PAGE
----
Find out how a debt management plan works and whether it could be the debt solution right for you.
What is a Debt-Management Plan
A Debt-Management Plan (DMP) is an informal agreement between you and your creditors that has been negotiated, usually by a third party, to lower the monthly payments being paid to your creditors.
A DMP isn’t legally binding so your creditors may still charge interest and can continue to take legal action against you. With a DMP, your creditors will assess your financial situation and base your new payment on what you can reasonably afford. This is calculated by taking into account your monthly budget and then, usually, extending your payment period.
Criteria for a Debt-Management Plan
There isn’t a set amount of debt needed to enter into a debt-management plan, but there are a few things that should be considered first.
A DMP is great for those struggling to keep up with debt repayments but who can afford to consistently pay smaller amounts each month over a longer period. Before entering into a DMP, always ensure that you will still be able to comfortably pay priority bills such as your mortgage/rent and council tax. It’s also great for those whose financial situation is likely to improve over time and those who have a reliable and steady income.
Is a Debt-Management Plan right for me?
To decide whether a DMP is the right debt solution for you, it’s important to ensure that you consider both the positive and negative aspects.
Advantages of a Debt-Management Plan
- One affordable, monthly payment to your creditors.
- Debt management is an informal arrangement that avoids the need for insolvency procedures such as an IVA, DRO or Bankruptcy.
- A DMP agreement with your creditors may suspend any action against you such as County Court Judgements (CCJs).
- In many cases, creditors freeze interest or charges.
- Your monthly debt repayments may be reduced.
Disadvantages of a Debt-Management Plan
- Your creditors are not obliged to accept a DMP proposal. The arrangements are informal, which means that your creditors can change their minds at any time.
- Creditors and bailiffs have the right to continue any action.
- Your credit rating may still be affected.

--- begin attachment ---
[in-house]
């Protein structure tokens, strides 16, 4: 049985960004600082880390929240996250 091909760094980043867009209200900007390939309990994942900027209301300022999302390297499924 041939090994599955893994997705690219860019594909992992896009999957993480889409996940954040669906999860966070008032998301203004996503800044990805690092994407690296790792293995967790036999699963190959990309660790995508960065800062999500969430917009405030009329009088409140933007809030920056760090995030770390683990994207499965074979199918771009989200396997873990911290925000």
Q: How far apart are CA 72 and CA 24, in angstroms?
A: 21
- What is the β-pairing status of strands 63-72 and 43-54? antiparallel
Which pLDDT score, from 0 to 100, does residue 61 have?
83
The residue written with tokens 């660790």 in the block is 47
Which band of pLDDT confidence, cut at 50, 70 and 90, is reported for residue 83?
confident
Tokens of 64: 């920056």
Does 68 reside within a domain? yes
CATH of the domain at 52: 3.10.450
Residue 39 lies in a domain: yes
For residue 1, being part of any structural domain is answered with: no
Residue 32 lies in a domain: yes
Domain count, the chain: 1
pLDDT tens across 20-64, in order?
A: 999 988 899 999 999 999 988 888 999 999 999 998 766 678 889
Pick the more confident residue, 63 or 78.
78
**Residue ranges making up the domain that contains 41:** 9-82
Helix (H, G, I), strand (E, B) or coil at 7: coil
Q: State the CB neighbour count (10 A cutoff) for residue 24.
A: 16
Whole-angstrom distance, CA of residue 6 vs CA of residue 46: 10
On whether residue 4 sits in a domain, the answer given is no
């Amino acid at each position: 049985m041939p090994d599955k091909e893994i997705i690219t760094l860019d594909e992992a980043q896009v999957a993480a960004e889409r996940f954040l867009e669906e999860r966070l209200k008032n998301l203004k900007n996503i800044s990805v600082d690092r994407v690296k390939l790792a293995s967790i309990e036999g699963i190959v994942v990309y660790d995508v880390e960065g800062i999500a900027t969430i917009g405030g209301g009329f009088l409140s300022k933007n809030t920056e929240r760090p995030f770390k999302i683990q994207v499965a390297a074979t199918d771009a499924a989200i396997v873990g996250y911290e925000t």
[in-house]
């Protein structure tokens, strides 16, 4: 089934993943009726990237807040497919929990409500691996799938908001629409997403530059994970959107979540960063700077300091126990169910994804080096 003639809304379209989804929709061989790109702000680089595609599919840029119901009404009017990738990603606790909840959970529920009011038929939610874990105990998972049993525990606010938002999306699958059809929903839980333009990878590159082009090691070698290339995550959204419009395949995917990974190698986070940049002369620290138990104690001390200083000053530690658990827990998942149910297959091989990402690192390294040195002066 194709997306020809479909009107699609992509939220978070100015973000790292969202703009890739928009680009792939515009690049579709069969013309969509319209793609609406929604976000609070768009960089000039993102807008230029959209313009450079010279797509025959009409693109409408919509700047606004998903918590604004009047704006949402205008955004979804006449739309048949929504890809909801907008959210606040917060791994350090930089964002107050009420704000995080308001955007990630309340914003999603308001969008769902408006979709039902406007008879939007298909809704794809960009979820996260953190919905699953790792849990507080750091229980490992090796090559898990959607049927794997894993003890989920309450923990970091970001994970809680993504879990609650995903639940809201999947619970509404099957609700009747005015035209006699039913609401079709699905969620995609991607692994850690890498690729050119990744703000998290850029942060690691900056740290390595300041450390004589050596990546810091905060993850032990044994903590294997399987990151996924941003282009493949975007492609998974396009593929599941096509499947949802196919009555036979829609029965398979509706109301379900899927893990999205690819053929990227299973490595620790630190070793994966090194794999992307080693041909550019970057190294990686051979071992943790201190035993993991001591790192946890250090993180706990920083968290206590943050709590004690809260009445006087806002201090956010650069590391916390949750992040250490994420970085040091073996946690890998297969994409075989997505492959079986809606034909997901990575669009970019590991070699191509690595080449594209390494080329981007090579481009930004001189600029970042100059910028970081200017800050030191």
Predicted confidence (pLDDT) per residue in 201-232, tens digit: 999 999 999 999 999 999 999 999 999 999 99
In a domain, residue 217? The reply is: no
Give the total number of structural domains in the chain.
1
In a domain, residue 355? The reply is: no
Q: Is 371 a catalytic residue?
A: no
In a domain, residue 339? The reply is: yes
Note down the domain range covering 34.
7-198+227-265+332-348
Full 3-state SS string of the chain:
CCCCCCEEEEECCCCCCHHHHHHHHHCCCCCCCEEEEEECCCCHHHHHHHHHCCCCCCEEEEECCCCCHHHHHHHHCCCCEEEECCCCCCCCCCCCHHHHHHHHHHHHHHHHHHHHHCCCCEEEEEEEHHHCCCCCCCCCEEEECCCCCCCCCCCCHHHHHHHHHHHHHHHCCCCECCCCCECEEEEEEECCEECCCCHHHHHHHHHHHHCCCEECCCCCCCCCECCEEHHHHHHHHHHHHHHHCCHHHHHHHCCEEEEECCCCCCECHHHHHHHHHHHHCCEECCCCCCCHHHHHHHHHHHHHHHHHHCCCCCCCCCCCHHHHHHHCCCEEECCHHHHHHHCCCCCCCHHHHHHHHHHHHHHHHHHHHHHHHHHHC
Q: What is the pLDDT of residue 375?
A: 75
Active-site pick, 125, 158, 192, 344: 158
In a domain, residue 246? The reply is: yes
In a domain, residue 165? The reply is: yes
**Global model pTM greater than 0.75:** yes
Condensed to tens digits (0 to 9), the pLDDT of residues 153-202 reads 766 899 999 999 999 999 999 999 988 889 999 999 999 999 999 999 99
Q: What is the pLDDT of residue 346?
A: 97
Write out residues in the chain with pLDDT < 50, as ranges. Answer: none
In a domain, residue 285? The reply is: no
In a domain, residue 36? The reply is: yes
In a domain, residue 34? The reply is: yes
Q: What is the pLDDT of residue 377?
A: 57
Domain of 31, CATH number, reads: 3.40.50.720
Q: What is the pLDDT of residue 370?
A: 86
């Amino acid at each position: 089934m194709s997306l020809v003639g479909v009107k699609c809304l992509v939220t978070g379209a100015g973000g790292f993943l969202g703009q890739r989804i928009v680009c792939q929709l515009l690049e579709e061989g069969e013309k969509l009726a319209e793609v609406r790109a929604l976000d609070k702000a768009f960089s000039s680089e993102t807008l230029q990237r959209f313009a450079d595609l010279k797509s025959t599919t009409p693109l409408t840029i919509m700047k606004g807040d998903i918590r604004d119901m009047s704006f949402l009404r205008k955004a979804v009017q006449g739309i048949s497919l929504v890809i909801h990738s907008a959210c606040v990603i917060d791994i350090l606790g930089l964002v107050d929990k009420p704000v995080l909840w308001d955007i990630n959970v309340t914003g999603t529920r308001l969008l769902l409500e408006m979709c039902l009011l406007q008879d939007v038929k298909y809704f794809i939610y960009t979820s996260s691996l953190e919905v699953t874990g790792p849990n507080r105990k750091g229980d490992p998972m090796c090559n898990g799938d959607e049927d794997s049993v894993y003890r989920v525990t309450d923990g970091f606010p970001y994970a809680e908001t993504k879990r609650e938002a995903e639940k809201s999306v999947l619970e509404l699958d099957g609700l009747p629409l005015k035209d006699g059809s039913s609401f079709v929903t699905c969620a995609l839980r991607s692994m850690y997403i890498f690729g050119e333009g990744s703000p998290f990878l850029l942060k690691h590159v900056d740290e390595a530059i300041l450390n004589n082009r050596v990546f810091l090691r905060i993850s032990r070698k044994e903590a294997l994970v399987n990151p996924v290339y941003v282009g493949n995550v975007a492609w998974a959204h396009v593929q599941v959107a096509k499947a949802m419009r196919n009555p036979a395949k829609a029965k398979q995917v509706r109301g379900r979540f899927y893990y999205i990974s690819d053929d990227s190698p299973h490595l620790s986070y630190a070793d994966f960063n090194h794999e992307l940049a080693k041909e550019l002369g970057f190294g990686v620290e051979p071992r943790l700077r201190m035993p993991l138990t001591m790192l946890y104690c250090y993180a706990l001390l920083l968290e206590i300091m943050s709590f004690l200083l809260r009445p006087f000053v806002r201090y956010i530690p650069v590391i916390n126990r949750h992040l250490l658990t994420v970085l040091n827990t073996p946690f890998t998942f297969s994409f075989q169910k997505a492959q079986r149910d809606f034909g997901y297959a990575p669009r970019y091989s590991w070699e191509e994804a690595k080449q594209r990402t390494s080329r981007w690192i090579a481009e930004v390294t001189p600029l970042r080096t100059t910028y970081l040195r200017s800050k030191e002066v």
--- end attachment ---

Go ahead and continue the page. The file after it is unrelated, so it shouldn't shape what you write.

- Even if your monthly payment is reduced, this may mean that your payment term is longer.
- Creditors do not have to freeze interest or charges.
- Your home and other assets are not protected from creditors.
- You will continue on your DMP until all of your debt is repaid, there is no debt forgiveness.
How Does a Debt-Management Plan work?
You will make one monthly, affordable payment to your DMP. This payment will be divided up and paid to your creditors. This division is worked out based upon what you owe to each creditor. So the creditor you owe the most money to will receive the largest amount from the monthly payment.
You will continue to make payments until your debt is cleared. Most creditors will freeze their interest and charges so that you can repay what you owe more quickly, but they are not obliged to do so.
Which Debts Can be Included in a DMP?
- Personal loans
- Bank or building-society loans
- Money borrowed from family and friends
- Catalogue, home-credit or in-store credit debts
- Credit cards, store-card debts or payday loans
Which Debts Can’t Be Included in a DMP?
- Mortgage, rent and any loans secured against your home
- Hire-purchase agreements if your purchase was essential
- Court fines
- Tv licence
- Council tax
- Gas and electricity bills
- Child support and maintenance
- Income tax, national insurance and VAT
How Do I Start a Debt-Management Plan?
You can get get guidance from Debt Movement at any time, Debt Movement has helped over 35,000 people get on the road to debt recovery. Request a free callback today to get all of the help and guidance you need to find the right debt solution for you.